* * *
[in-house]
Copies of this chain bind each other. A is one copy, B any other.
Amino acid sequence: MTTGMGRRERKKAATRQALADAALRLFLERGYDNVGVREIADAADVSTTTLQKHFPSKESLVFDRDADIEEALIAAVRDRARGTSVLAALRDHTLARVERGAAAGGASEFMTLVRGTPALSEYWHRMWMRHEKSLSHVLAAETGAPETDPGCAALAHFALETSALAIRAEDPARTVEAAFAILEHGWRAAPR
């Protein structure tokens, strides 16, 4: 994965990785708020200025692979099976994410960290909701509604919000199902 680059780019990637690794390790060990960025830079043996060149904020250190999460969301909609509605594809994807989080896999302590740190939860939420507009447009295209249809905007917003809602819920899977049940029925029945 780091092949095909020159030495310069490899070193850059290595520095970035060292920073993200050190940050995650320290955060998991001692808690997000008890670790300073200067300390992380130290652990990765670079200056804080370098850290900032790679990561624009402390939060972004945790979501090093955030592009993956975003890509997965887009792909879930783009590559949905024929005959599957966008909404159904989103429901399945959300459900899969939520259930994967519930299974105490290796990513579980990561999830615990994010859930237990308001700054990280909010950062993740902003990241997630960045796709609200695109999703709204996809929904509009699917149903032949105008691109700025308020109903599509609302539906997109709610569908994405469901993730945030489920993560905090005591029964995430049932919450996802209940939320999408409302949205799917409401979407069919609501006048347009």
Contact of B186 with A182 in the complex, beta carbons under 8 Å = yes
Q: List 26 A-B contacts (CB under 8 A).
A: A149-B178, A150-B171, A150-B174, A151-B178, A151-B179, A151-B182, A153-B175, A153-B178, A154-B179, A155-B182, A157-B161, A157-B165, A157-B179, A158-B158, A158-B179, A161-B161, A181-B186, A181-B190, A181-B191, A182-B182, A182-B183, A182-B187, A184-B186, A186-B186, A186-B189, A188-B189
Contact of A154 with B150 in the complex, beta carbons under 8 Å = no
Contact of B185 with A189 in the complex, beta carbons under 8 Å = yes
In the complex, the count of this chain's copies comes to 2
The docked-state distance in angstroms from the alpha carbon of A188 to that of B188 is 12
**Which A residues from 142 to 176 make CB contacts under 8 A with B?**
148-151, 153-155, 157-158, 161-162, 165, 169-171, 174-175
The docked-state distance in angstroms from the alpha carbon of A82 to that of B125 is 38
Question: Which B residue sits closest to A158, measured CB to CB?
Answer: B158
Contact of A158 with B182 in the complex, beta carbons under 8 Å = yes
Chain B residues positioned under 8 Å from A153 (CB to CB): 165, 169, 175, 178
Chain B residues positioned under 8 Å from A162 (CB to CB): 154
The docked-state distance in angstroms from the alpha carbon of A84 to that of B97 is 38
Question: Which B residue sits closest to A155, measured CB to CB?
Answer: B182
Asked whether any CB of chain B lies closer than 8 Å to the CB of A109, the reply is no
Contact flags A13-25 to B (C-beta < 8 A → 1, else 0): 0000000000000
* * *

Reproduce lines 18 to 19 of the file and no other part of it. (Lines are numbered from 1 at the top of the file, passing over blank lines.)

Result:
Chain B residues positioned under 8 Å from A153 (CB to CB): 165, 169, 175, 178
Chain B residues positioned under 8 Å from A162 (CB to CB): 154